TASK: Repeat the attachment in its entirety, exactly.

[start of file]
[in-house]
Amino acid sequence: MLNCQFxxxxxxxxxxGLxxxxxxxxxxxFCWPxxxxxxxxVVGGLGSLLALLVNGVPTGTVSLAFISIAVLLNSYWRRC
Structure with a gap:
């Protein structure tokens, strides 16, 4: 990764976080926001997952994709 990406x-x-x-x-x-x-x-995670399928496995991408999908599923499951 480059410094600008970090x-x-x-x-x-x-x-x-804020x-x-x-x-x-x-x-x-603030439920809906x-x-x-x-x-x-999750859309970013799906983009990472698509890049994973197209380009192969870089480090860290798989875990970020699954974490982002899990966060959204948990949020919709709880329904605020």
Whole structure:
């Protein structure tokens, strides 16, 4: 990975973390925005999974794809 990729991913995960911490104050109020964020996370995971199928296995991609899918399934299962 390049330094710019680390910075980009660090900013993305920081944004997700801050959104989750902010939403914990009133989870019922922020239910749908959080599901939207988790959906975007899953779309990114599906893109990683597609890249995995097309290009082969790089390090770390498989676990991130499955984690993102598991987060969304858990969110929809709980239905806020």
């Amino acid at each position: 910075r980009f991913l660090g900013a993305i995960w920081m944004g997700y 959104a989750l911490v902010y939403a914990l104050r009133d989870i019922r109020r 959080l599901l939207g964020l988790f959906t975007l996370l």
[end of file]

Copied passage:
[in-house]
Amino acid sequence: MLNCQFxxxxxxxxxxGLxxxxxxxxxxxFCWPxxxxxxxxVVGGLGSLLALLVNGVPTGTVSLAFISIAVLLNSYWRRC
Structure with a gap:
């Protein structure tokens, strides 16, 4: 990764976080926001997952994709 990406x-x-x-x-x-x-x-995670399928496995991408999908599923499951 480059410094600008970090x-x-x-x-x-x-x-x-804020x-x-x-x-x-x-x-x-603030439920809906x-x-x-x-x-x-999750859309970013799906983009990472698509890049994973197209380009192969870089480090860290798989875990970020699954974490982002899990966060959204948990949020919709709880329904605020």
Whole structure:
């Protein structure tokens, strides 16, 4: 990975973390925005999974794809 990729991913995960911490104050109020964020996370995971199928296995991609899918399934299962 390049330094710019680390910075980009660090900013993305920081944004997700801050959104989750902010939403914990009133989870019922922020239910749908959080599901939207988790959906975007899953779309990114599906893109990683597609890249995995097309290009082969790089390090770390498989676990991130499955984690993102598991987060969304858990969110929809709980239905806020």
């Amino acid at each position: 910075r980009f991913l660090g900013a993305i995960w920081m944004g997700y 959104a989750l911490v902010y939403a914990l104050r009133d989870i019922r109020r 959080l599901l939207g964020l988790f959906t975007l996370l």